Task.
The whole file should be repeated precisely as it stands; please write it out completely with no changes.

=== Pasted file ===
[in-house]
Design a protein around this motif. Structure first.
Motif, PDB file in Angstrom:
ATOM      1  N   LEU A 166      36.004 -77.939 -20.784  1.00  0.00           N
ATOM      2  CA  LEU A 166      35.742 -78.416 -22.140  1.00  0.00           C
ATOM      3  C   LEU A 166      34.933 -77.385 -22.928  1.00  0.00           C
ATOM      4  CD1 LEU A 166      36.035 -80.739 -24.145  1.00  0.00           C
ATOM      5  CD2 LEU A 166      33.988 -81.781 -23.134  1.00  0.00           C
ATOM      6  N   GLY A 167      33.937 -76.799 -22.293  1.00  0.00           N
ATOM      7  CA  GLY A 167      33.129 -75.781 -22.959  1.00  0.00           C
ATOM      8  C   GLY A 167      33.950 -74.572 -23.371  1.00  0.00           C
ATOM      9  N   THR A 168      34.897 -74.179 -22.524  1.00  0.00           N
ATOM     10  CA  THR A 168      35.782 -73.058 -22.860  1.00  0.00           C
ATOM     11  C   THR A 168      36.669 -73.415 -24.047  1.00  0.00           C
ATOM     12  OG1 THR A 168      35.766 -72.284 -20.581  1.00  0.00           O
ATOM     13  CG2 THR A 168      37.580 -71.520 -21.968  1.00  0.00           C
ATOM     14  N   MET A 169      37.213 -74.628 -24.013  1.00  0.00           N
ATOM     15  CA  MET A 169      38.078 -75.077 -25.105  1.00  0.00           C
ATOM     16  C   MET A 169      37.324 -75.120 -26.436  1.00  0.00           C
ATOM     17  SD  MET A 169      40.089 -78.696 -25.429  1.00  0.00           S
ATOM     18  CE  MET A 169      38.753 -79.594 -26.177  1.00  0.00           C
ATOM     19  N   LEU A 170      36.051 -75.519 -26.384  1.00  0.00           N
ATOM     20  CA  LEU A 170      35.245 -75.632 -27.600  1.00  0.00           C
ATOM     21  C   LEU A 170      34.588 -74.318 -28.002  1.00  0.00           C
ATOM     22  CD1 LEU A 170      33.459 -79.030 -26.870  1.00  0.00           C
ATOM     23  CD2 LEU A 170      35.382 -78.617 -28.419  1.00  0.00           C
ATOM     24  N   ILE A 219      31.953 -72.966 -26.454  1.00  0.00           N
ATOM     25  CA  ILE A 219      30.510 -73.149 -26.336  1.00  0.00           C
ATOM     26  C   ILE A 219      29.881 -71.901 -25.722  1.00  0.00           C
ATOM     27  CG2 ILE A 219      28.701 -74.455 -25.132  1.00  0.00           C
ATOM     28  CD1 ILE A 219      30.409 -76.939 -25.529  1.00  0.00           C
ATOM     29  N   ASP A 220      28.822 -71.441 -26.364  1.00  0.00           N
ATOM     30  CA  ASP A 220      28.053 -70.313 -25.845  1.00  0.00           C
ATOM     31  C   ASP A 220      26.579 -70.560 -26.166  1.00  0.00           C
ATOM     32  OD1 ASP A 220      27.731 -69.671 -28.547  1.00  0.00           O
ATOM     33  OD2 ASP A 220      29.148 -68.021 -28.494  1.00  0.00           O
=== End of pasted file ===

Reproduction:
[in-house]
Design a protein around this motif. Structure first.
Motif, PDB file in Angstrom:
ATOM      1  N   LEU A 166      36.004 -77.939 -20.784  1.00  0.00           N
ATOM      2  CA  LEU A 166      35.742 -78.416 -22.140  1.00  0.00           C
ATOM      3  C   LEU A 166      34.933 -77.385 -22.928  1.00  0.00           C
ATOM      4  CD1 LEU A 166      36.035 -80.739 -24.145  1.00  0.00           C
ATOM      5  CD2 LEU A 166      33.988 -81.781 -23.134  1.00  0.00           C
ATOM      6  N   GLY A 167      33.937 -76.799 -22.293  1.00  0.00           N
ATOM      7  CA  GLY A 167      33.129 -75.781 -22.959  1.00  0.00           C
ATOM      8  C   GLY A 167      33.950 -74.572 -23.371  1.00  0.00           C
ATOM      9  N   THR A 168      34.897 -74.179 -22.524  1.00  0.00           N
ATOM     10  CA  THR A 168      35.782 -73.058 -22.860  1.00  0.00           C
ATOM     11  C   THR A 168      36.669 -73.415 -24.047  1.00  0.00           C
ATOM     12  OG1 THR A 168      35.766 -72.284 -20.581  1.00  0.00           O
ATOM     13  CG2 THR A 168      37.580 -71.520 -21.968  1.00  0.00           C
ATOM     14  N   MET A 169      37.213 -74.628 -24.013  1.00  0.00           N
ATOM     15  CA  MET A 169      38.078 -75.077 -25.105  1.00  0.00           C
ATOM     16  C   MET A 169      37.324 -75.120 -26.436  1.00  0.00           C
ATOM     17  SD  MET A 169      40.089 -78.696 -25.429  1.00  0.00           S
ATOM     18  CE  MET A 169      38.753 -79.594 -26.177  1.00  0.00           C
ATOM     19  N   LEU A 170      36.051 -75.519 -26.384  1.00  0.00           N
ATOM     20  CA  LEU A 170      35.245 -75.632 -27.600  1.00  0.00           C
ATOM     21  C   LEU A 170      34.588 -74.318 -28.002  1.00  0.00           C
ATOM     22  CD1 LEU A 170      33.459 -79.030 -26.870  1.00  0.00           C
ATOM     23  CD2 LEU A 170      35.382 -78.617 -28.419  1.00  0.00           C
ATOM     24  N   ILE A 219      31.953 -72.966 -26.454  1.00  0.00           N
ATOM     25  CA  ILE A 219      30.510 -73.149 -26.336  1.00  0.00           C
ATOM     26  C   ILE A 219      29.881 -71.901 -25.722  1.00  0.00           C
ATOM     27  CG2 ILE A 219      28.701 -74.455 -25.132  1.00  0.00           C
ATOM     28  CD1 ILE A 219      30.409 -76.939 -25.529  1.00  0.00           C
ATOM     29  N   ASP A 220      28.822 -71.441 -26.364  1.00  0.00           N
ATOM     30  CA  ASP A 220      28.053 -70.313 -25.845  1.00  0.00           C
ATOM     31  C   ASP A 220      26.579 -70.560 -26.166  1.00  0.00           C
ATOM     32  OD1 ASP A 220      27.731 -69.671 -28.547  1.00  0.00           O
ATOM     33  OD2 ASP A 220      29.148 -68.021 -28.494  1.00  0.00           O